Altitude and Dynamic Error in TPE and CUBE

Total Propagated Error (TPE) and Combined Uncertainty Bathymetric Estimator (CUBE) help automate data cleaning and filtering. This paper discusses the effect of using altitude in place of heave for survey data processing and that of using error estimates in TPE and CUBE for both variables. Final hydrographic data quality is examined. Total Propagated Error (TPE) and Combined Uncertainty Bathymetric Estimator (CUBE) are designed for use with hydrographic survey data to minimise subjective user intervention and help automate data cleaning and filtering. With the trend in hydrographic surveying towards objective estimation of data quality, these methods rely heavily on error estimates... (read more)
2007-09-04 12:00:00

Hydro Dam Inspection by ROVs

The inspection and maintenance of vital resource facilities is an integral part of any regional health and stability management programme. Providing consistent quality output whilst reducing inspection and maintenance costs is key for those involved in the provision of such services, and requires the monitoring and assessment of relevant new technologies and techniques. By Rob Berlijn, HydroConsult, The Netherlands Over the past forty years Remote Operated Vehicles have become a well-proven component of basic toolkits for getting work done under-water in a wide variety of industrial, scientific, military and law-enforcement activities. In many cases the impetus behind adopting and evolving... (read more)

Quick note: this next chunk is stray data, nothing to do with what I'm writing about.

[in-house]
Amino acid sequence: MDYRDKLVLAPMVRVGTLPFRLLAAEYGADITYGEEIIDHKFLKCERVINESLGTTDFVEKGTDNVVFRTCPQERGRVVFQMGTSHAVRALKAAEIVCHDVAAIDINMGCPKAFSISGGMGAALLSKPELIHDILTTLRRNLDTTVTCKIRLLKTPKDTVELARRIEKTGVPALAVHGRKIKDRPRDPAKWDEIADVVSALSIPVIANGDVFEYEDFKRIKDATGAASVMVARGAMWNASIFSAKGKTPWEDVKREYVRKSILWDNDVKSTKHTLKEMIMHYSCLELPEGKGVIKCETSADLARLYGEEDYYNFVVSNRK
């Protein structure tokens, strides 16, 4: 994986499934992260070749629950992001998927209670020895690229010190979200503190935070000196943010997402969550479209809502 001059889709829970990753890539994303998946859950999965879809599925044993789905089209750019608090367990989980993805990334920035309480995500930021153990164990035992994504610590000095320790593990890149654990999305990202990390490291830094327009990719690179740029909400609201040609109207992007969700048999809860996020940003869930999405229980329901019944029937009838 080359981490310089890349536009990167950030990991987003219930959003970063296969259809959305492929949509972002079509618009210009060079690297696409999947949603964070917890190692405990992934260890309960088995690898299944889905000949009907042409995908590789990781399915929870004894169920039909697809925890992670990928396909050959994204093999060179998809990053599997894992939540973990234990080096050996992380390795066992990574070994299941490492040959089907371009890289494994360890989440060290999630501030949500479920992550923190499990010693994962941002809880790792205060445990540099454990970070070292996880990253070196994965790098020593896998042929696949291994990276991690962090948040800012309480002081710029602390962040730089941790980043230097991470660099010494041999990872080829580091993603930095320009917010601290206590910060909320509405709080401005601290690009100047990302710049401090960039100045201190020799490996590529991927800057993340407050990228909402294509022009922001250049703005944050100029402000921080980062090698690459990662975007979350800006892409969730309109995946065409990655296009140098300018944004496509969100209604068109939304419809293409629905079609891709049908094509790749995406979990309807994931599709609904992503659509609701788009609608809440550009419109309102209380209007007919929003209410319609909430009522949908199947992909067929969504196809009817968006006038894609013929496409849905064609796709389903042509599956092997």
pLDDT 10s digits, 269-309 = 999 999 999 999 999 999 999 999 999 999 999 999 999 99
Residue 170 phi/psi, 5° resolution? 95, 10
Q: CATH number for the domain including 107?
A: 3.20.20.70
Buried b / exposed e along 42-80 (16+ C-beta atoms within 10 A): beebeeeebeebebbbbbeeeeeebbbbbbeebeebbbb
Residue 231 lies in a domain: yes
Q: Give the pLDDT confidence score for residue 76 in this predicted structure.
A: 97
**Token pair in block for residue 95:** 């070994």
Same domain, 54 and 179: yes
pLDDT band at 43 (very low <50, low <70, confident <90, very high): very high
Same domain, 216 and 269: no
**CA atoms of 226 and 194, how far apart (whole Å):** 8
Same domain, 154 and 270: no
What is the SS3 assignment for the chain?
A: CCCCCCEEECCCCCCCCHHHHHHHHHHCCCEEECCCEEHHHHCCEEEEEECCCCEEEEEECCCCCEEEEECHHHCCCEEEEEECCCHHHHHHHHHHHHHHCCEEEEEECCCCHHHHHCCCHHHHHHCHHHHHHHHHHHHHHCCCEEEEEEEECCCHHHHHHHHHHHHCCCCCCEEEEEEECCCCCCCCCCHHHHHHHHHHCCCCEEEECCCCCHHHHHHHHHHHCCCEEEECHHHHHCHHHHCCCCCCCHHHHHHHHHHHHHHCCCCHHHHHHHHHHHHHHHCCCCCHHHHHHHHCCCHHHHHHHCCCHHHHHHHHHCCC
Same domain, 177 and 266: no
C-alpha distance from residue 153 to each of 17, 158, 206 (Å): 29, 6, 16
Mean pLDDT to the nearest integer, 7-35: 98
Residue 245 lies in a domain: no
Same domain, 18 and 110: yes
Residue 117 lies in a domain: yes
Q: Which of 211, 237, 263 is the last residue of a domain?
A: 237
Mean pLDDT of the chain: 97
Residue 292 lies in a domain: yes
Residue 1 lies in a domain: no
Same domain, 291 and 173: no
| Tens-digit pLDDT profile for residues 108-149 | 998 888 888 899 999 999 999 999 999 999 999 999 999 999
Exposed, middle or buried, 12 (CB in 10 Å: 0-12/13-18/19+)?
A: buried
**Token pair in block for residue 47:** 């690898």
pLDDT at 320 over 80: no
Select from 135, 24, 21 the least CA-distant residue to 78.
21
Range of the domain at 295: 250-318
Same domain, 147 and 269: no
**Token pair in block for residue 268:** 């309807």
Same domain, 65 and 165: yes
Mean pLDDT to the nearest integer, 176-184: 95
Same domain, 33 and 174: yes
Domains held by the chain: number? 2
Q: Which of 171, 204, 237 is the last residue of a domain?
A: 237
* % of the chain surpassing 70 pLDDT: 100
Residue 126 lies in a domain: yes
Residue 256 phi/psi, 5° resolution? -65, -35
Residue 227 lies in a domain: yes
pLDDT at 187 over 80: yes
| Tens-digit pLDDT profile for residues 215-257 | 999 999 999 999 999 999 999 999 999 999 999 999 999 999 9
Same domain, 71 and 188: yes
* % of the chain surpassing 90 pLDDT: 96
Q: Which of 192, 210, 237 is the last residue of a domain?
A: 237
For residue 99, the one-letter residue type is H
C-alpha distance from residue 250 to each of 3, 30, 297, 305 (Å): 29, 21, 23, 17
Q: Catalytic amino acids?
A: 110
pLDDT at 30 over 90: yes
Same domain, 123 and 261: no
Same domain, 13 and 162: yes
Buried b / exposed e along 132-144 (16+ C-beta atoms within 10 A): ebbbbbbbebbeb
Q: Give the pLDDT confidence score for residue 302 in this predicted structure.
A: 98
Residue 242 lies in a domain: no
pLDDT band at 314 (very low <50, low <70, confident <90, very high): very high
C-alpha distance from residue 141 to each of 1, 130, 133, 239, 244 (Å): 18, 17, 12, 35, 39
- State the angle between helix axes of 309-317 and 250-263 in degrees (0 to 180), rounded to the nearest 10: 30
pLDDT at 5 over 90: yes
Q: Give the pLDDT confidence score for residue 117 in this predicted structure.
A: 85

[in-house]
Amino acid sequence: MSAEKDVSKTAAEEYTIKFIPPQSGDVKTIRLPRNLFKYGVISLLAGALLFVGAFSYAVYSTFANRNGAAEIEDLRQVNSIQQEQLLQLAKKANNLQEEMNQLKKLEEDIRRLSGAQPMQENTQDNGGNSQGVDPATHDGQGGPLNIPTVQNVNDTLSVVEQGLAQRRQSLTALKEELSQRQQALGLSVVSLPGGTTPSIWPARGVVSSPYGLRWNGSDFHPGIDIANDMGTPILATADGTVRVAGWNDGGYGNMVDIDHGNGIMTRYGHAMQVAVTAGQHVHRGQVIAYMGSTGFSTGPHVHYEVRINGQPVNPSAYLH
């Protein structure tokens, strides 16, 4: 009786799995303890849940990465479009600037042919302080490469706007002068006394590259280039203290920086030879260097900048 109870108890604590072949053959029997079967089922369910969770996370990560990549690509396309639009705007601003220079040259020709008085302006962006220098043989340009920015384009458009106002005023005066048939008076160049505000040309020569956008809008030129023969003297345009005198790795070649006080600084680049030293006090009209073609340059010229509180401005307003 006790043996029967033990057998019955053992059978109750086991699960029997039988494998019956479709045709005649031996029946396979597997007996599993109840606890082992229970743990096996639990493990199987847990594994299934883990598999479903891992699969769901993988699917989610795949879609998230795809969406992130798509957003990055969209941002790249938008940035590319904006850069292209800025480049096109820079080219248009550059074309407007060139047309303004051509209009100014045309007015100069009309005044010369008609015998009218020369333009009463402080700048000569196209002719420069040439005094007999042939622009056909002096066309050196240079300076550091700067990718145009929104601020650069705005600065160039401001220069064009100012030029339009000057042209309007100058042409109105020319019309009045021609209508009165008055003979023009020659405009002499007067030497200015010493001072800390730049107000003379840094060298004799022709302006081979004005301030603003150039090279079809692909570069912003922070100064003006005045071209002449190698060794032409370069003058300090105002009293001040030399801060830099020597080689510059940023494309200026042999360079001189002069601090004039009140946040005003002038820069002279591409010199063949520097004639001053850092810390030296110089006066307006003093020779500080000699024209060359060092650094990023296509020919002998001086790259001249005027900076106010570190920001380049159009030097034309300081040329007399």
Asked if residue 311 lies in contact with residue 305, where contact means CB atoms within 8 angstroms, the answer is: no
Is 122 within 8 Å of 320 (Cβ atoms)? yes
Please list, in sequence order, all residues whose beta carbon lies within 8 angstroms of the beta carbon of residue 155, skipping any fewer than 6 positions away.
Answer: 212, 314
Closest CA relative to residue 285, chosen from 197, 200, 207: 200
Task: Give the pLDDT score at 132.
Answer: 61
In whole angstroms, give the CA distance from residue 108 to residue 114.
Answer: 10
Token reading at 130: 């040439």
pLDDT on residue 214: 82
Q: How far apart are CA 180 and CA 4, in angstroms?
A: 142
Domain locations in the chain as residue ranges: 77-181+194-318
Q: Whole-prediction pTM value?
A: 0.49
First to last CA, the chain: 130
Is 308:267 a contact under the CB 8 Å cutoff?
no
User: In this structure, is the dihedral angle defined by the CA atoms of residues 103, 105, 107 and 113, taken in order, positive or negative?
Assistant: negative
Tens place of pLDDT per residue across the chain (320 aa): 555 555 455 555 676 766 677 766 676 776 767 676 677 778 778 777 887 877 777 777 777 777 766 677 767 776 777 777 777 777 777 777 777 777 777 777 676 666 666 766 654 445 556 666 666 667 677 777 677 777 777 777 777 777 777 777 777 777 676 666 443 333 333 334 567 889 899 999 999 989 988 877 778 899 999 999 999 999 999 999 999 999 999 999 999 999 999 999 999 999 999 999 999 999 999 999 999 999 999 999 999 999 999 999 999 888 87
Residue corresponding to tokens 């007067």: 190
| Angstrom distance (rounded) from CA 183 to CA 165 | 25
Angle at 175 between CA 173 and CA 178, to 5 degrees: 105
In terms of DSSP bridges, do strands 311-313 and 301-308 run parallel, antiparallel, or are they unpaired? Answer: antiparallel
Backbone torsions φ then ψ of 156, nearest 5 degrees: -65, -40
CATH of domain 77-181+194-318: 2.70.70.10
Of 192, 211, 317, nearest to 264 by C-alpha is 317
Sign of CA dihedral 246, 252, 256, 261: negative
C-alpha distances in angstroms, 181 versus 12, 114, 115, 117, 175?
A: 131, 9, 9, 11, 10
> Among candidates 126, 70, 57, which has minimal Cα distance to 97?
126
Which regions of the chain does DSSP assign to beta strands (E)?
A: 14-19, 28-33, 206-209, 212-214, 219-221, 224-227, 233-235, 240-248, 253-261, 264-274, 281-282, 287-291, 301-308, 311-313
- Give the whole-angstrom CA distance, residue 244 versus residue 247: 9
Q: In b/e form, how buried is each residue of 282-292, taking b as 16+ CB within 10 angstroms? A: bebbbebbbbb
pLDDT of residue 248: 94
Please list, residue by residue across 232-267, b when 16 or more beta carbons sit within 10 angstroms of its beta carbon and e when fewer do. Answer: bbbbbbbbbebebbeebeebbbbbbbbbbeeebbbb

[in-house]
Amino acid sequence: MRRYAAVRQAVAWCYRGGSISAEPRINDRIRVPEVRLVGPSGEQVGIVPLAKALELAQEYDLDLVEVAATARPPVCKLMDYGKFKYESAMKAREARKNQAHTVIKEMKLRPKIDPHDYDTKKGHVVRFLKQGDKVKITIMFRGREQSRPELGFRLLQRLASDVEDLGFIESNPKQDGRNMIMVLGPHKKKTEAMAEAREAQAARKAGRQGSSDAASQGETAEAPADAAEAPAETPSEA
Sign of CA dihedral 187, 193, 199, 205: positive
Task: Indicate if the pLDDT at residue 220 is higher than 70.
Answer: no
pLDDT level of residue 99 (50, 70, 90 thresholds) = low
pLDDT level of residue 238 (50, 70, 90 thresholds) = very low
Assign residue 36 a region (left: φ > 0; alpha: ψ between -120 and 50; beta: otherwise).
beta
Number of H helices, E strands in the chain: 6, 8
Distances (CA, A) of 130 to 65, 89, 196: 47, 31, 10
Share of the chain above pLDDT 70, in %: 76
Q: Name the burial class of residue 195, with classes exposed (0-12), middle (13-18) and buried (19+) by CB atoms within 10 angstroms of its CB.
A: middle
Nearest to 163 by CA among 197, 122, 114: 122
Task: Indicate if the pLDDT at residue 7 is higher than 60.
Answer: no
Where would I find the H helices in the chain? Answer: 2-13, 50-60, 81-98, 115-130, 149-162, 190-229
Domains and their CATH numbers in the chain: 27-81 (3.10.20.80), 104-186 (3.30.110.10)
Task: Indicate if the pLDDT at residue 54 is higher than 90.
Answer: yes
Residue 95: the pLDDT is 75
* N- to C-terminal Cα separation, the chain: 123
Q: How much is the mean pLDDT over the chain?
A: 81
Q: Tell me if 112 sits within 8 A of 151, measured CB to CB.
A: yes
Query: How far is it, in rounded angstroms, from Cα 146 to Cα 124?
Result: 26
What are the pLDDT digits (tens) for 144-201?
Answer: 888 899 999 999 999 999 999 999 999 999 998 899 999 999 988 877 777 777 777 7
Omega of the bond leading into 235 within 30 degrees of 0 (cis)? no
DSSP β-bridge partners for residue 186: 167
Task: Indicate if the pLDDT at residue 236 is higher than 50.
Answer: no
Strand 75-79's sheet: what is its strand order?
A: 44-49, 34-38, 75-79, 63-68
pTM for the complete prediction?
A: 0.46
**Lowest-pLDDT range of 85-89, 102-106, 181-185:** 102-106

2008-01-01 01:00:00

PPVRS Rushes in a New Era for Hydrographic Surveying

This paper describes a technique for centimetric positioning in hydrographic surveying using a network of GPS base stations to determine ephemeris, clock and atmospheric errors at the rover location. This technique uses the GPS observations from a Virtual Reference Station to compute a tightly integrated GPS/Inertial solution, with minimum baselines of over 100km.<P> Today’s primary positioningtechnique for near-shore (within 100km) marine hydrography is based on the integration of GPS and inertial navigation systems (INS). The inertial measurement unit (IMU) aids in reducing GPS noise as well as providing high-bandwidth uninterrupted solutions during GPS outages. For high-precision surveys (5cm or better... (read more)
2008-10-15 12:00:00

‘Killer’ AUV Sonar System